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I hate debt These practices have allowed me to minimize my stuff.

Key Point

  • Accumulating debt means throwing money away with interest.
  • I prefer to maintain these habits rather than doing so.
  • Living below my means, sticking to a budget, and having an emergency fund are the cornerstones of my financial success.

Some people don’t mind having debt, or rather just accept it as a necessity. But debt is something that has always bothered me. Certainly, paying interest on a mortgage gives you peace of mind, especially since mortgage rates are so low. But the idea of ​​paying interest to the credit card company makes me want to pull my hair out.

Therefore, I have always tried to avoid debt as much as possible. And maintaining these specific habits helped me avoid debt, even when things didn’t always go so well financially.

1. Living below your income

In my twenties, I had a high-paying job in the financial industry. Nonetheless, I had a cheaper apartment than most of my friends, so I made a point of packing lunch for work most days instead of buying it.

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What has helped me avoid debt over the years is that practice of living below my means. No need to reach for your credit card. cause? I don’t use all my monthly paychecks, so I have room for unplanned expenses with that money.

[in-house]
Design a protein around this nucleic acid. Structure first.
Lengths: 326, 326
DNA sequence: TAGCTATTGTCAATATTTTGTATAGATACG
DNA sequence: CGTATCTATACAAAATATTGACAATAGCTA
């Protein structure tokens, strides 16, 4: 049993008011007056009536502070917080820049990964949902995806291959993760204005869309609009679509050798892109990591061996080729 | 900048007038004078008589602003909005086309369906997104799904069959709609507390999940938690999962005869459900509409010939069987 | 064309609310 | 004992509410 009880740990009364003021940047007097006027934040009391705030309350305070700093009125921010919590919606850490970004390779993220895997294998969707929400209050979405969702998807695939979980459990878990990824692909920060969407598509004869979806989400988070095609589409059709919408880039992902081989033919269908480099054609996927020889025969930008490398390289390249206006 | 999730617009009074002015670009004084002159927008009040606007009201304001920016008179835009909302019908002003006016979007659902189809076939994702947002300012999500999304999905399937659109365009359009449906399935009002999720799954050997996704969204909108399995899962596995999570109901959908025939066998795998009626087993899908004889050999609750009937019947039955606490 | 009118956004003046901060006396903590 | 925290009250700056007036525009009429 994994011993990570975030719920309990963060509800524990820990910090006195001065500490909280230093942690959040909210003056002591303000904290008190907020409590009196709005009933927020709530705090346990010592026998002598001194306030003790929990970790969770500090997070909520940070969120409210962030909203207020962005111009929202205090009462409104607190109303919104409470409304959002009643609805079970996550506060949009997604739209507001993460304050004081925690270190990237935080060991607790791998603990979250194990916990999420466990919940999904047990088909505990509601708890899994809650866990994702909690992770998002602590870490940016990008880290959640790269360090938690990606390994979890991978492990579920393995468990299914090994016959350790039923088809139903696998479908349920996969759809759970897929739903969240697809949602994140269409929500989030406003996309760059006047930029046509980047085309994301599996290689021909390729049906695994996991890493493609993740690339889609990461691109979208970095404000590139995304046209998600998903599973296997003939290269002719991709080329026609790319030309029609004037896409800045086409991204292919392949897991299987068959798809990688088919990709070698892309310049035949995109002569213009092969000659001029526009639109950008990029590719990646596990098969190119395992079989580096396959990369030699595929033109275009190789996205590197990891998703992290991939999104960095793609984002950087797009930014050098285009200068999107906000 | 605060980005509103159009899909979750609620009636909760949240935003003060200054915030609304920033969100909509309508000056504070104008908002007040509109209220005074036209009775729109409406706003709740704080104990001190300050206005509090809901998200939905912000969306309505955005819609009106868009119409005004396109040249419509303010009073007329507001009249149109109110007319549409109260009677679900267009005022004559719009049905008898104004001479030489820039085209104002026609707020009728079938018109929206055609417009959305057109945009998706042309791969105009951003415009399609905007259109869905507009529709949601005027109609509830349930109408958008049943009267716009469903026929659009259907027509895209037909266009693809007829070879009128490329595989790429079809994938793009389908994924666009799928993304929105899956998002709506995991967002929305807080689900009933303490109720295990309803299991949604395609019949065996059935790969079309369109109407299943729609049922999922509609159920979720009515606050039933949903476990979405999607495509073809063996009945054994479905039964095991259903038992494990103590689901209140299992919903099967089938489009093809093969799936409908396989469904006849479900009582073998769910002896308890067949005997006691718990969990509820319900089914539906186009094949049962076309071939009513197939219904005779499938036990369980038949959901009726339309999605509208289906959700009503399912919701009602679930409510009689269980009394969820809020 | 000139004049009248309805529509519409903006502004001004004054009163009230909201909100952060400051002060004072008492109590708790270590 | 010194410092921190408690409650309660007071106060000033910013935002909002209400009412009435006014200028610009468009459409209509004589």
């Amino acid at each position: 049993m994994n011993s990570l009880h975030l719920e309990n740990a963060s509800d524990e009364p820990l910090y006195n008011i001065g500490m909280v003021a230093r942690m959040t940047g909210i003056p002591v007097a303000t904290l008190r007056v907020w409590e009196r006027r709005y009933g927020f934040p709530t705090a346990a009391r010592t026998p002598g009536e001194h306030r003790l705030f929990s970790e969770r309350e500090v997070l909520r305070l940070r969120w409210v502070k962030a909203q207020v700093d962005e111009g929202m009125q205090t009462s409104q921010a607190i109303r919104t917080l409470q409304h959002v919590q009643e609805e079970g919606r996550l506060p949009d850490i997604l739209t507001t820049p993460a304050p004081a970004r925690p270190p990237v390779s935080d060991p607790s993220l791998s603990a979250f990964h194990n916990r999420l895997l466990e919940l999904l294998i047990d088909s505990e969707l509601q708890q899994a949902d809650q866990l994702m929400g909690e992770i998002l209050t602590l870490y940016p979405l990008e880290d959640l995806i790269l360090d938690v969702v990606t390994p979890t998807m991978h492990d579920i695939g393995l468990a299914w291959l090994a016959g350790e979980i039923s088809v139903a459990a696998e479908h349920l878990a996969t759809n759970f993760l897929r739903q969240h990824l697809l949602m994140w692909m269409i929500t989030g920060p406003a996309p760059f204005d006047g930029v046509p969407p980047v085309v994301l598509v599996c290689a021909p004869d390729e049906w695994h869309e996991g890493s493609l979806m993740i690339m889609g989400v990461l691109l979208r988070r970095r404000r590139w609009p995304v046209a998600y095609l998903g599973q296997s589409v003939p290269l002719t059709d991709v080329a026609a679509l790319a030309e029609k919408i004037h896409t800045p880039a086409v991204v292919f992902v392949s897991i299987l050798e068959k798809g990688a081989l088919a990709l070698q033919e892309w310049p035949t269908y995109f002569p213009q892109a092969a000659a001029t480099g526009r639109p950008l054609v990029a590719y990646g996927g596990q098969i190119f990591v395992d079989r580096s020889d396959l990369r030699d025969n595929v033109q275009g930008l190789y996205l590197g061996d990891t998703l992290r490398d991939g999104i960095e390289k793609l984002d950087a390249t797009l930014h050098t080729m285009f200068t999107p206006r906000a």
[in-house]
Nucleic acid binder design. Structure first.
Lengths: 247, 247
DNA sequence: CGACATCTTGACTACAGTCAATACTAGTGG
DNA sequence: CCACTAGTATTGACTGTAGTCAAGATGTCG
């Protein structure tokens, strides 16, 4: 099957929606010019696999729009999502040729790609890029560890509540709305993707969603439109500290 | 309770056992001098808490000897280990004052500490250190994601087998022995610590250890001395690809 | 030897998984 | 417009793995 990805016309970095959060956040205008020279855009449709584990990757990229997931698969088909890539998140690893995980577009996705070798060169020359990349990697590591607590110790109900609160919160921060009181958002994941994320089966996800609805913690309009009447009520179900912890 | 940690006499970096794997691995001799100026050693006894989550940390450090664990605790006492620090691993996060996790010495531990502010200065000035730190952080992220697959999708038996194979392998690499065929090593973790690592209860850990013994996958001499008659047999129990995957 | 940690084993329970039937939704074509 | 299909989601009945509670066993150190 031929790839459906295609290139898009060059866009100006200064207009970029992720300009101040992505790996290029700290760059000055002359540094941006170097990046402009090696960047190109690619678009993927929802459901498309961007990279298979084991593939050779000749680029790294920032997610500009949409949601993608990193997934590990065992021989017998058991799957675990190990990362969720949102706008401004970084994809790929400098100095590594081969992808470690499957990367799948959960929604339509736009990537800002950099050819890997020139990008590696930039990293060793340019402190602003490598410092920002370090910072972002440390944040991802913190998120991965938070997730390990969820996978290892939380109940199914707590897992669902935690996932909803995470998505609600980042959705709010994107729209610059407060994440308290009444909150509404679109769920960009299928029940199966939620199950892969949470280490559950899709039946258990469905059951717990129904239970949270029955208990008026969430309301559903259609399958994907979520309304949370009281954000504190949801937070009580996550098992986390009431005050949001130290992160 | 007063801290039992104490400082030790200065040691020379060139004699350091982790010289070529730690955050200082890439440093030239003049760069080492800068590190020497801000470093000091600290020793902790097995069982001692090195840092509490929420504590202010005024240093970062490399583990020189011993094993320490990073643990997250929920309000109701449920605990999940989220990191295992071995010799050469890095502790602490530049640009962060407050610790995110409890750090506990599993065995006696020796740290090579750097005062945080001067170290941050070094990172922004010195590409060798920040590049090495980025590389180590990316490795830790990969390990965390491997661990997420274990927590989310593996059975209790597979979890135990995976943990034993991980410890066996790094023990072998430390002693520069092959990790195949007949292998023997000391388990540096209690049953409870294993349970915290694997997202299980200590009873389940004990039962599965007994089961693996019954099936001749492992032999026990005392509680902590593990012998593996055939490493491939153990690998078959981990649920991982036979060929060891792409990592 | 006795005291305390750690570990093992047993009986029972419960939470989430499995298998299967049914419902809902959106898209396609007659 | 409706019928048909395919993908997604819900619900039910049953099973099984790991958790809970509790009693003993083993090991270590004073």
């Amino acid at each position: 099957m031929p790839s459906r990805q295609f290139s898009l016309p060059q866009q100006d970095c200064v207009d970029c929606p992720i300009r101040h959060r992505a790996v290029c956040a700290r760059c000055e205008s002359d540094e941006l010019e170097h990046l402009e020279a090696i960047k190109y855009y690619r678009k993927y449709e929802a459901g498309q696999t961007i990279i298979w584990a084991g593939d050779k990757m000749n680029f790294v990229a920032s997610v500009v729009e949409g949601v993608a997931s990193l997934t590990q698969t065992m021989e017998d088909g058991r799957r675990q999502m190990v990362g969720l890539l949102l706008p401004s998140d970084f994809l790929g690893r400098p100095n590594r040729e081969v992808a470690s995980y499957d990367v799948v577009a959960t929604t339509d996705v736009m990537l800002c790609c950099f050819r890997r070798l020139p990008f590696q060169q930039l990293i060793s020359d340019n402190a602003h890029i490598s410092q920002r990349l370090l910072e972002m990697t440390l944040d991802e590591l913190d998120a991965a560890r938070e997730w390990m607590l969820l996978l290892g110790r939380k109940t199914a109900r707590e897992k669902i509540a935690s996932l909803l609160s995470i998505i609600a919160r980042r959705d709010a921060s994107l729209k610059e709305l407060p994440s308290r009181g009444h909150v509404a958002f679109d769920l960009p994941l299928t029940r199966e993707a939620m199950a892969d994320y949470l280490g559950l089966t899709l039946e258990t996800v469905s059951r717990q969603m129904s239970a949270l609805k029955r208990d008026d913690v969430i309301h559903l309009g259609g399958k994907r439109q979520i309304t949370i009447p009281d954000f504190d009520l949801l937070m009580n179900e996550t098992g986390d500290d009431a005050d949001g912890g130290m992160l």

2. Stick to your budget

A lot of people I know spend money on different expenses each month, but in the end they don’t know how much each expense will cost individually or how much the bill will all together be Frankly, it’s not a great way to operate.

I try to stick to a budget, so I can see where my money is spent each month and what it costs in each expense category on my list. This allows me to live beyond my means and to wiggle out for unexpected expenses.

There are various budgeting apps available today to make the process easier. I’m rather old school, so I manage my budgets in a spreadsheet on my laptop. However, there is no right or wrong way to proceed with the process.

3. Have an emergency fund

I try to keep track of my expenses and make sure I don’t run out of my monthly paycheck, but unexpectedly large expenses arise and the rest of my income doesn’t always cover them. But even in such situations, you can avoid debt by maintaining a solid emergency fund.

Some financial experts will tell you that you should keep 8 to 12 months of essential living expenses in your savings account. I like to stick to the high end of that range, so if something big happens you’ll be covered.

For example, both this year and last year, two A/C units in my house stopped working and had to be replaced at a cost of thousands of dollars each. If I hadn’t saved, I would have ended up in a huge amount of debt. But thanks to my emergency fund, I avoided that fate.

In some cases, a large amount of debt may be unavoidable. But if you want to do what you can to eliminate debt, it can be beneficial to start living below your income, stick to a budget, and build a cash reserve that’s available in a pinch.

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